Izumi is the pan-Asian restaurant, but it mostly serves Japanese food and sushi. The fee structure is a bit more "European cruise line" with a cover charge ($3 for lunch on sea days from noon to 1:30 p.m., $5 for dinner) in addition to a la carte fees for menu items. You can choose from sushi and sashimi (combo platters from $6.50 to $12), hot-rock grilling ($6.50 to $10), hot pot dishes ($6 to $12) and appetizers like vegetable tempura and tuna carpaccio ($4 to $6.50). The menu is huge, so feel free to cheat and order one of the set combination meals ($15 to $23). The mochis are a must for dessert.
Next door, the Viking Crown Lounge now serves tapas-style small bites. The munchies -- ranging from Caesar salad and kobe beef sliders to flatbreads and red velvet cake -- are a great idea for between-meal snacks or some munchies with your drinks. Tapas cost between $3.50 and $8.75.
If you're a serious foodie, consider the exclusive Chef's Table experience, a $95 five-course, wine-paired dinner hosted by the executive chef and sommelier. It takes place at 7:30 p.m., and diners must be 21 or older. Locations and dates vary by itinerary, so check your Cruise Compass for information.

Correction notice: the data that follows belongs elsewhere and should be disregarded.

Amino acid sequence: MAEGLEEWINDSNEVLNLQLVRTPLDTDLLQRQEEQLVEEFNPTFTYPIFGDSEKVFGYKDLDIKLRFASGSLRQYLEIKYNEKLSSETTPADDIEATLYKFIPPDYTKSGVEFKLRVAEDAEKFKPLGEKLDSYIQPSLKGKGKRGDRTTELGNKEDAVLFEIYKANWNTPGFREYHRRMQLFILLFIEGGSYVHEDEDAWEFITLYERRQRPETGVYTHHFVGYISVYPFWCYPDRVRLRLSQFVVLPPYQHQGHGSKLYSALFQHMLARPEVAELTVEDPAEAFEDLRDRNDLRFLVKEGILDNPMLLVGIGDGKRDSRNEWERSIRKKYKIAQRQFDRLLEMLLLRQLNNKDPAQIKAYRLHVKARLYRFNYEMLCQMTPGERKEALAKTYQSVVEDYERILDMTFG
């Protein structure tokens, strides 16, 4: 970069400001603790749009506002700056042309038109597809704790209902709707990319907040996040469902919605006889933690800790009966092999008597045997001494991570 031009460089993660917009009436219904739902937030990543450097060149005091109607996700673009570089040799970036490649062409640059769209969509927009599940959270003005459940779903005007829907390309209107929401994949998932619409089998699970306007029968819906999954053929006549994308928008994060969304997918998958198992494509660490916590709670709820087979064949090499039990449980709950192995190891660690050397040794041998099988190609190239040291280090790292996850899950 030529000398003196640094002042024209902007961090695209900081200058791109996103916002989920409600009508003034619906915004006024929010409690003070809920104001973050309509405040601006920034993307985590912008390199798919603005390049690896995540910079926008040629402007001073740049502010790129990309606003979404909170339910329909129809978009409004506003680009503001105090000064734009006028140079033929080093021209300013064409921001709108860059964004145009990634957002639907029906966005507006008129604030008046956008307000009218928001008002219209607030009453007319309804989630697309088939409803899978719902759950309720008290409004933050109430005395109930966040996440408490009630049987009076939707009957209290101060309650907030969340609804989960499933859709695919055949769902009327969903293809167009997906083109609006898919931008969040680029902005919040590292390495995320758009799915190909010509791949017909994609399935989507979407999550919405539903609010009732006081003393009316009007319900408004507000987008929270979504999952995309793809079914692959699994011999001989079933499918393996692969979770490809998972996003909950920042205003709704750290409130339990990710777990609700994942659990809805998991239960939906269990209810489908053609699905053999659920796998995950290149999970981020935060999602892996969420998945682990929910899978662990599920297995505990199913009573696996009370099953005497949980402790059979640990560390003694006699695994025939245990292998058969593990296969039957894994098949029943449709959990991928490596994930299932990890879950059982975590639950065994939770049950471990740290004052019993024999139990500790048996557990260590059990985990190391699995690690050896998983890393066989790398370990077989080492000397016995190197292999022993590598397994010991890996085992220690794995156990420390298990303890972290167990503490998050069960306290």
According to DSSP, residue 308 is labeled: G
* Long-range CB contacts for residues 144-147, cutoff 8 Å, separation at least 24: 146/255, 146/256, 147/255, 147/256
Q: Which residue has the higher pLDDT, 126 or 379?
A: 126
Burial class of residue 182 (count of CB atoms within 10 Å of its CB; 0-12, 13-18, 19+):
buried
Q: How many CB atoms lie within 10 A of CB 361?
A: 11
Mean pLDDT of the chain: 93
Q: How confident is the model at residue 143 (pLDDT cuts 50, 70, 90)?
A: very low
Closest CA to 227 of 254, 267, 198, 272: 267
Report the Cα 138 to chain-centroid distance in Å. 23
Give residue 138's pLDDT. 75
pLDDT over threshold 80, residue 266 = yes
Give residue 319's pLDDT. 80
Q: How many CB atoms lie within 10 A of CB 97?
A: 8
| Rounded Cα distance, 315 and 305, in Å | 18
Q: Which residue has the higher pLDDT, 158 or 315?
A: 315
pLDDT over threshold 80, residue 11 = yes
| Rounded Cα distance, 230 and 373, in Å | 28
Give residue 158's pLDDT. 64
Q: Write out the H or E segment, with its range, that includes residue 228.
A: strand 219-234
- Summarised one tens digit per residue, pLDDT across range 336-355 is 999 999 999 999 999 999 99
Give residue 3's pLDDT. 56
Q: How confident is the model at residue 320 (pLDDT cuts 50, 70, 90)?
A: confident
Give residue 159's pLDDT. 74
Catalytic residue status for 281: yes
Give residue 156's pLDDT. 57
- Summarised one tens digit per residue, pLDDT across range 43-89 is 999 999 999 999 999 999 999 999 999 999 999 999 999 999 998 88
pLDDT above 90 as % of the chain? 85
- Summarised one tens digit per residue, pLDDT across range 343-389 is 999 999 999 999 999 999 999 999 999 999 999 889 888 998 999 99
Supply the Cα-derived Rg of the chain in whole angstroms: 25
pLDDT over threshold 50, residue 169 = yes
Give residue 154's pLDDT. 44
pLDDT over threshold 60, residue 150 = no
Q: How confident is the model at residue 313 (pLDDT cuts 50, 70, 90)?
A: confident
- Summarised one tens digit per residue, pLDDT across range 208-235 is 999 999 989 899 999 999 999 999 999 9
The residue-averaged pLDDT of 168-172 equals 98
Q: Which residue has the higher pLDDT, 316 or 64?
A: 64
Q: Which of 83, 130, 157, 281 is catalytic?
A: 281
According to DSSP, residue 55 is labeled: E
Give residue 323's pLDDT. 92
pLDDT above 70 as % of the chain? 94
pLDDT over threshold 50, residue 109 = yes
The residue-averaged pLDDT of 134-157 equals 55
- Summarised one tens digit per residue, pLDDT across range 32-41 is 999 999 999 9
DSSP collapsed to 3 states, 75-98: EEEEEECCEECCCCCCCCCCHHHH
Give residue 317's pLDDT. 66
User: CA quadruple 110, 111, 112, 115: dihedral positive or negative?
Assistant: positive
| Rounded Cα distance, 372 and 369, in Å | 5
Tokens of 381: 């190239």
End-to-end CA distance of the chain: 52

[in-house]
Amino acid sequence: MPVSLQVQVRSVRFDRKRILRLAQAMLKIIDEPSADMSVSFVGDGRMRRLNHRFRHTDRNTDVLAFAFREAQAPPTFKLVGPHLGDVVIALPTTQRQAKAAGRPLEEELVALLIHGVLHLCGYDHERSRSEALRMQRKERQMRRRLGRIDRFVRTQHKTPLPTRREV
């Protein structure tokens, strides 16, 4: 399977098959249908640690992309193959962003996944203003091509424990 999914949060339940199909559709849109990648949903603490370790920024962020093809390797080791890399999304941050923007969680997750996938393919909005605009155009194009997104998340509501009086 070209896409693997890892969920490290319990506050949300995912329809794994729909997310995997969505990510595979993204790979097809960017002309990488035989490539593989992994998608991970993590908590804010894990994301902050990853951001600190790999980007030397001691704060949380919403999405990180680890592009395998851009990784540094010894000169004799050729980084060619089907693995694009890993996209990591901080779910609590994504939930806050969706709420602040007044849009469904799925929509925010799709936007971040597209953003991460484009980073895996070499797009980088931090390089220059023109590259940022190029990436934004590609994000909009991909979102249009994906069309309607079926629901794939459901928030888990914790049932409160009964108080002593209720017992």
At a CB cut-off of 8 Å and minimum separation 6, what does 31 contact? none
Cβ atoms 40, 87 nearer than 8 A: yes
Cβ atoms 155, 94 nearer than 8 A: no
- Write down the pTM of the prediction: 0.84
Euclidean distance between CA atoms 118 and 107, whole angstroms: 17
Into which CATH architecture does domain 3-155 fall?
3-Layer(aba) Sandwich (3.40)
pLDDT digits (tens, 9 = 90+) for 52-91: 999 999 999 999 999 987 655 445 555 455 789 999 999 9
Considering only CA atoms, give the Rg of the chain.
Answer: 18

Latte-tudes on Deck 6 midship is the all-in-one coffee shop, snack stop and Ben & Jerry's ice cream counter. Specialty coffees, teas and ice cream cost extra, but the cookies and pastries are free. The chocolate chip scones should not be overlooked. It's open from 6:30 a.m. to 11 p.m. (Ben & Jerry's doesn't open until 11 a.m.)
Royal Caribbean's room service options are available around the clock via 24-hour menus that offer a range of snacks and sandwiches. At breakfast, continental dishes, along with a handful of egg entrees, are available both in cabins and suites. Passengers in Grand Suites or higher-category cabins can order items off the main dining room menu for room service. There is no charge for room service between 5 a.m. and midnight (though a buck or two gratuity is recommended); late-night orders incur a $3.95 fee.
Adults and children can buy unlimited soda cards for $6.50 and $4.50 per day, respectively (plus 15 percent tip). There are also water, juice, wine, alcohol and wine & dine packages available at different costs. There's also a dining package for $115 per passenger, which includes the Chef's Table, Chops Grille and Izumi.